A bipartisan Senate approved a two-month extension of the current payroll tax cut on Saturday, but House Speaker John Boehner says the House won't go along. Instead, he wants the senate to send negotiators to find a compromise version on the earlier House bill that extends payroll tax rates at the current level for a full year, but does so with spending cuts instead of a tax on the wealthy, as Democrats preferred.
Boehner's opposition to bringing the compromise Senate bill to a vote in the House this week, despite its approval by a margin of 89-10 in the Senate, means that a deal is now in jeopardy to prevent the withholding tax from rising, along with a roster of other measures set to be enacted automatically at the beginning of the year.
The Wall Street Journal reports that Boehner made his Sunday talk show announcement a day after receiving "an earful of resistance from rank-and-file Republicans" on a conference call with other House members. They wanted something closer to the original House Republican bill, which would have been subject to a potential veto by President Barack Obama.
There had been, until Boehner's announcement, hope that a compromise would at least get all sides into the New Year without a tax increase none wants to trigger, or another prolonged partisan shouting match. From The Journal:
The bipartisan support for the Senate bill, which only 10 senators opposed, had raised hopes that the House would take up the bill as early as Monday.
Gene Sperling, director of the White House's National Economic Council, said earlier Sunday that while President Barack Obama wants a full-year extension, the best way to achieve that eventual goal would be to back the two-month compromise.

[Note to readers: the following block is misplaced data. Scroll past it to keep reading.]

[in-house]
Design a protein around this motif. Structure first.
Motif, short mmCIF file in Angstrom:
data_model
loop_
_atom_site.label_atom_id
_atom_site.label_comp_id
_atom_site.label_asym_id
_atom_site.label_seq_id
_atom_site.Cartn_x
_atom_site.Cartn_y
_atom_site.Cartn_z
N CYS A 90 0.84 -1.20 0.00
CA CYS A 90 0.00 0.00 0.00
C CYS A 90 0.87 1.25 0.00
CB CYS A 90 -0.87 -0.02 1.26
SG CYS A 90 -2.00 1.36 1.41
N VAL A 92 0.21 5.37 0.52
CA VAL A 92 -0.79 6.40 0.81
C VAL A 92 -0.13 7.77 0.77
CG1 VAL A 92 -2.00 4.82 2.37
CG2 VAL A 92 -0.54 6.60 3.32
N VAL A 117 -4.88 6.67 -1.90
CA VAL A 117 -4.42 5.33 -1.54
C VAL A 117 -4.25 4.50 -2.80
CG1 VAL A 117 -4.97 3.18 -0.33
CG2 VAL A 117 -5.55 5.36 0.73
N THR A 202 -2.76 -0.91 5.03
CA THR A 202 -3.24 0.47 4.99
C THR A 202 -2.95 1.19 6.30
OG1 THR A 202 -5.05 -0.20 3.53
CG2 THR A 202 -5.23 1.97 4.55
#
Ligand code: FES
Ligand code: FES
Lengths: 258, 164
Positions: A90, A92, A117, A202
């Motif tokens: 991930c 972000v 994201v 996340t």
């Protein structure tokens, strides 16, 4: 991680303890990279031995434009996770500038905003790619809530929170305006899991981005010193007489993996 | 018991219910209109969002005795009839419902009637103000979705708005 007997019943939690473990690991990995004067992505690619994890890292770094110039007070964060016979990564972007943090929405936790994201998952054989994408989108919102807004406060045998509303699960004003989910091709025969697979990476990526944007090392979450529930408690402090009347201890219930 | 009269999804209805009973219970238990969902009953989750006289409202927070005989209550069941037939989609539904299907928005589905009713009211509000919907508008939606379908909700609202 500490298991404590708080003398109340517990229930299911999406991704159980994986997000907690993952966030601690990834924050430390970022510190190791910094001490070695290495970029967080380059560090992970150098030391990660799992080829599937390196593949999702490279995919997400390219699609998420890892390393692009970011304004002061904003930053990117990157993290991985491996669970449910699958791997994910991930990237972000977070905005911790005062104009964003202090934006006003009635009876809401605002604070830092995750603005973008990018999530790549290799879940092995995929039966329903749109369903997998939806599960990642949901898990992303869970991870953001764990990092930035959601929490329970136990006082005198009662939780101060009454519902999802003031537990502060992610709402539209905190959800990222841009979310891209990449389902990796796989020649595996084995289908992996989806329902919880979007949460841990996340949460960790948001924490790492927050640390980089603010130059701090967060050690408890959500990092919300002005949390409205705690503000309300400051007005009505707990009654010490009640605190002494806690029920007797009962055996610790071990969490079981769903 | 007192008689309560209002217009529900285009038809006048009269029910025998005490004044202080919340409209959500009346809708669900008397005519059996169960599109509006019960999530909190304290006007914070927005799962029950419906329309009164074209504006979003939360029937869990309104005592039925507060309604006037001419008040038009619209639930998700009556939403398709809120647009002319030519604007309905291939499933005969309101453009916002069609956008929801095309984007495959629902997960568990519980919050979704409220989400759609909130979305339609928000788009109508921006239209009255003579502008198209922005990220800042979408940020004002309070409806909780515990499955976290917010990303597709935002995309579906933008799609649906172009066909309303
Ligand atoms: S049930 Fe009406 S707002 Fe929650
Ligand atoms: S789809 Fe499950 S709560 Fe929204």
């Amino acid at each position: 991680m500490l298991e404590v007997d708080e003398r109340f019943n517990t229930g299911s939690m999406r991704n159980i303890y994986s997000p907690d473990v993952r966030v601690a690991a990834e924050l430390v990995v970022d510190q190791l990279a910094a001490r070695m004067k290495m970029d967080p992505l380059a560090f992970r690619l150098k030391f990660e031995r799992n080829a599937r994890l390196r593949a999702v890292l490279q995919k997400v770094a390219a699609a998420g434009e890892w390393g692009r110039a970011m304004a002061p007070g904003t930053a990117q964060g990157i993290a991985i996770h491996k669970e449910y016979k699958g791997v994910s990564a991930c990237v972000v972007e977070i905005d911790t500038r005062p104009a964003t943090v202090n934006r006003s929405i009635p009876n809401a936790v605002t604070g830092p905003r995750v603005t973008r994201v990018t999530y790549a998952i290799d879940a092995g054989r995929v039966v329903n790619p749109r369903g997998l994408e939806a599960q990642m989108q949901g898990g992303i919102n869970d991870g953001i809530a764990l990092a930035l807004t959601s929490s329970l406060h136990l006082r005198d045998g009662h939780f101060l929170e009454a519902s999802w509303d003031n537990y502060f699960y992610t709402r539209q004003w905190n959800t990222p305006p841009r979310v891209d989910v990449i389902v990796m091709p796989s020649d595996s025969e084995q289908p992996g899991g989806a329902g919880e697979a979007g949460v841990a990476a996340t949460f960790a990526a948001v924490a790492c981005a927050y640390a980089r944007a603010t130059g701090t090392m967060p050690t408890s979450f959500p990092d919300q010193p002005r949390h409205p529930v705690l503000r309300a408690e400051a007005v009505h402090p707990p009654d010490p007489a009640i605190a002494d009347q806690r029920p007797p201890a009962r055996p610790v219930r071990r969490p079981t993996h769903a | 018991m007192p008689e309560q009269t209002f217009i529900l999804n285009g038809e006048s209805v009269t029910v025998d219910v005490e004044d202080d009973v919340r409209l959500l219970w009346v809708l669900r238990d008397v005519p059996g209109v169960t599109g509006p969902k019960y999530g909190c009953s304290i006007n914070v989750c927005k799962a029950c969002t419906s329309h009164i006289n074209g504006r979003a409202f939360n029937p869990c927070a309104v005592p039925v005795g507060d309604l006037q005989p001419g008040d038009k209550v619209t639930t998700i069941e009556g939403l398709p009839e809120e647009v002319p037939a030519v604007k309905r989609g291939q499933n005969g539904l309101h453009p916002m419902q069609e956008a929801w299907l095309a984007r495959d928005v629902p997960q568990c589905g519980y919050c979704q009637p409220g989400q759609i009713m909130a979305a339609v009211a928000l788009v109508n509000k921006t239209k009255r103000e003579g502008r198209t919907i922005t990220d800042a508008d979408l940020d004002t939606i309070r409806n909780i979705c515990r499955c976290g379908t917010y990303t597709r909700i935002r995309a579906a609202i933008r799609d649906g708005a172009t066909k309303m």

"What gives you confidence that the payroll-tax cut will be extended for a full year, and that 160 million Americans will get that tax cut next year when they and the economy need it, is the fact that there was a bipartisan compromise," Mr. Sperling said Sunday on CNN's "State of the Nation."
Others, like Sen. Chuck Schumer in The New York Times, are painting this moment as a showdown between Boehner and the Tea Party wing of his caucus — the ones refusing to take the deal that most Senate Republicans can live with — and not with the administration. Schumer spun away:
Senator Charles E. Schumer, Democrat of New York, said Mr. Boehner’s comments called into question his ability to lead.
“This is a test of whether the House Republicans are fit to govern, and it is a make-or-break moment for John Boehner’s speakership,” he said in a statement. “You cannot let a small group at the extreme resort to brinksmanship every time there is a major national issue and try to dictate every move this nation makes.”
But it didn't take long for Republicans to close ranks. Senate Minority Leader Mitch McConnell, by Sunday afternoon, was calling for negotiations between House and Senate on the payroll tax, Politico reported. One day earlier, he had backed the Senate bill that Boehner's caucus called unacceptable.
Both sides are "ratcheting up their spin machines to see who wins - and who takes the bigger political hit - if the payroll tax extension is not enacted," Politico said. "160 million Americans would get hit with a $1,000 tax increase starting on Jan. 1 if the extension is not passed."
This article is from the archive of our partner The Wire.